If one is attempting to adopt but try fostering first, it's important to consider the above. A false accusation can end this possibility.

In my own case, I adopted internationally, because I believe the legal system is the U.S. is simply ridiculous when it comes to fostering/adopting domestically. Due diligence is necessary, but it goes way too far.


#17

Everyone is going to tell you horror stories. Not to diminish PP’s experiences AT ALL - but you are going to hear a lot of stuff about how bad/scary/dangerous these kids are. Period.
How risky is it really? It depends …

  1. Are you doing emergency foster care? These kids come in with NO info. Nothing. You have no idea if they have been sexually (probably), physically, or psychological abused, and how badly, and if they then act out those behaviors on other children (and adults). They may have ADHD or RAD. Or they may be the sweetest child on the planet. You just don’t know, and neither do the workers.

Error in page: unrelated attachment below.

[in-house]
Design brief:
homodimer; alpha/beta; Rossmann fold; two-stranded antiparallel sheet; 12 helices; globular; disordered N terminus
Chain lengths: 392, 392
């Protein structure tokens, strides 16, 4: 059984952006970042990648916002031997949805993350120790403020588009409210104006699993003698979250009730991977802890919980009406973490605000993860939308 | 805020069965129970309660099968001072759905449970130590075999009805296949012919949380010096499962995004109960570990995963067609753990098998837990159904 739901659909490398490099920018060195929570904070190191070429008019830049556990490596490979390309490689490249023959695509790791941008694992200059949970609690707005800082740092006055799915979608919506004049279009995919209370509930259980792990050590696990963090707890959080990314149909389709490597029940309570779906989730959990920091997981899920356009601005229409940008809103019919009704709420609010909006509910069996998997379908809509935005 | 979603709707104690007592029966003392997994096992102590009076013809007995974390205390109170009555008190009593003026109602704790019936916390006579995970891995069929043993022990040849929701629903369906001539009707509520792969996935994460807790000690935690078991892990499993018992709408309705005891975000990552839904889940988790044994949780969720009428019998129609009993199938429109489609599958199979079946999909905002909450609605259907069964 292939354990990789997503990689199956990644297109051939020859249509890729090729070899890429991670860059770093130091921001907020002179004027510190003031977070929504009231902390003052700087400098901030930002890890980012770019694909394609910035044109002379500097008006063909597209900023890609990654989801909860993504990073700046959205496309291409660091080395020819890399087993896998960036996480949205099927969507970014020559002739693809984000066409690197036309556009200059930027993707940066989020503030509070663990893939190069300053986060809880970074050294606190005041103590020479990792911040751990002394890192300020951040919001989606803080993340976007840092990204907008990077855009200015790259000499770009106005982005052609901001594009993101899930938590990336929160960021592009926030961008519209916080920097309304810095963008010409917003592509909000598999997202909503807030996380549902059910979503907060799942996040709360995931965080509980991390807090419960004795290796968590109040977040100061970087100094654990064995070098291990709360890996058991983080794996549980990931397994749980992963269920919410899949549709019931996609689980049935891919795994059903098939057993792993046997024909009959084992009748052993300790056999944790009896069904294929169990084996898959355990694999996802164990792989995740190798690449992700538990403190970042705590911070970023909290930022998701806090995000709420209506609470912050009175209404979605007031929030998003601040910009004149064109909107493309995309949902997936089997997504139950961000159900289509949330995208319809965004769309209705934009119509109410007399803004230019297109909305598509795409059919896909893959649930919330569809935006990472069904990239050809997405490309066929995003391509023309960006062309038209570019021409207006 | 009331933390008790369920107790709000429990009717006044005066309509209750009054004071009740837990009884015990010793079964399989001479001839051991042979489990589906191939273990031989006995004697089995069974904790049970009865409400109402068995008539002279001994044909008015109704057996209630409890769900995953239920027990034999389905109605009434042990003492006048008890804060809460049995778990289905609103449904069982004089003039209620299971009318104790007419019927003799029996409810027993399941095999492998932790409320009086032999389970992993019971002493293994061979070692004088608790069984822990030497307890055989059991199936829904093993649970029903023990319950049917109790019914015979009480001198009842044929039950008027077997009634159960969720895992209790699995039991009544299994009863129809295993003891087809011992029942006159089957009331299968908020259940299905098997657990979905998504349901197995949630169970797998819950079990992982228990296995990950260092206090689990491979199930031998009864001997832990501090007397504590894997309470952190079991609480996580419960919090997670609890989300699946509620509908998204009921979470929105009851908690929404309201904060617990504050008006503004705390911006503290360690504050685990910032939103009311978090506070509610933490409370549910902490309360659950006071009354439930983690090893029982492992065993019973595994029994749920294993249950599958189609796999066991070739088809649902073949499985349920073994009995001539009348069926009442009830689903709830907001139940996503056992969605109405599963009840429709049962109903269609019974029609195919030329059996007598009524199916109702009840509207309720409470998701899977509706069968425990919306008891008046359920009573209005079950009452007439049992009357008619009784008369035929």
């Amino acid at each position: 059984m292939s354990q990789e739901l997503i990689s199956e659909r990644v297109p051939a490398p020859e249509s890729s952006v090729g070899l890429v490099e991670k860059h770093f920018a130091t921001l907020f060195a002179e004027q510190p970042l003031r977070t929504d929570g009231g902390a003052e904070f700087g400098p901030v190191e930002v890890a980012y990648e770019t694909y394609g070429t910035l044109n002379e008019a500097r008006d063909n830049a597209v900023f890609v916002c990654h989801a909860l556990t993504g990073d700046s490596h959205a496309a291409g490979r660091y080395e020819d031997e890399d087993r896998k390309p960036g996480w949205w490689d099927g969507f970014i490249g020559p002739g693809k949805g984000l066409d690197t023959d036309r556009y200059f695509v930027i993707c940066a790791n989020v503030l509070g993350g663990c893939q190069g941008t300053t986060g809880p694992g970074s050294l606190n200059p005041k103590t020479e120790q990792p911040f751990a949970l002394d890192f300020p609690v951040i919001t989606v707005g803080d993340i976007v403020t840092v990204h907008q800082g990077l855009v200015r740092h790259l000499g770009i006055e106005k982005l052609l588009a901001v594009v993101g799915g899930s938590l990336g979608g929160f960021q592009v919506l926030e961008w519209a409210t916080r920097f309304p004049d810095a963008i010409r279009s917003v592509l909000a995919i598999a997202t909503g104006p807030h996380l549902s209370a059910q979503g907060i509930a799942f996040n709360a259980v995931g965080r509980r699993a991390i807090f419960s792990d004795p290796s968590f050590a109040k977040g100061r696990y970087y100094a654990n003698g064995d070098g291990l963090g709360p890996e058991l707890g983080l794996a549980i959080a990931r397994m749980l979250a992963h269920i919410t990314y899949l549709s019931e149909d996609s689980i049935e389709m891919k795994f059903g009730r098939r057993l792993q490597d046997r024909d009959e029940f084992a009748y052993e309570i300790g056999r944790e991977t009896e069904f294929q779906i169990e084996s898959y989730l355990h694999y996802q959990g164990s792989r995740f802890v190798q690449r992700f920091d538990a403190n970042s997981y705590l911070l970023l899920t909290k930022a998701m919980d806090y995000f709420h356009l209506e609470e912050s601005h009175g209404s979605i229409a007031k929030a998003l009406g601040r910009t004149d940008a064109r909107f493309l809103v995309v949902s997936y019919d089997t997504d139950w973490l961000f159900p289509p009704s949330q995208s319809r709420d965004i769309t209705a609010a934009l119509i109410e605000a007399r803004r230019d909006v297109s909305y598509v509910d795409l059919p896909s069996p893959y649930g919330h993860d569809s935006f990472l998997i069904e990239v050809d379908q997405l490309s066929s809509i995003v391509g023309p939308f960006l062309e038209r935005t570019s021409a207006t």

2. Can you trust your worker/agency? Will they lie to you to get a child placed? Are you sure? We are pretty sire our agency doesn’t - because they know we have several lawyers in the family, and are uber-paranoid about lawsuits.
  3. What ages of children are you talking about? Obviously, a child under 3 is going to be a lot less dangerous than a teen. They may still have terrible psychological issues, but those issues may not be as dangerous … yet.
  4. If you’re doing foster/adopt, will your agency or worker lie to you to place a child? Will they make you feel guilty for saying no? Will they ask you to stretch what you can deal with?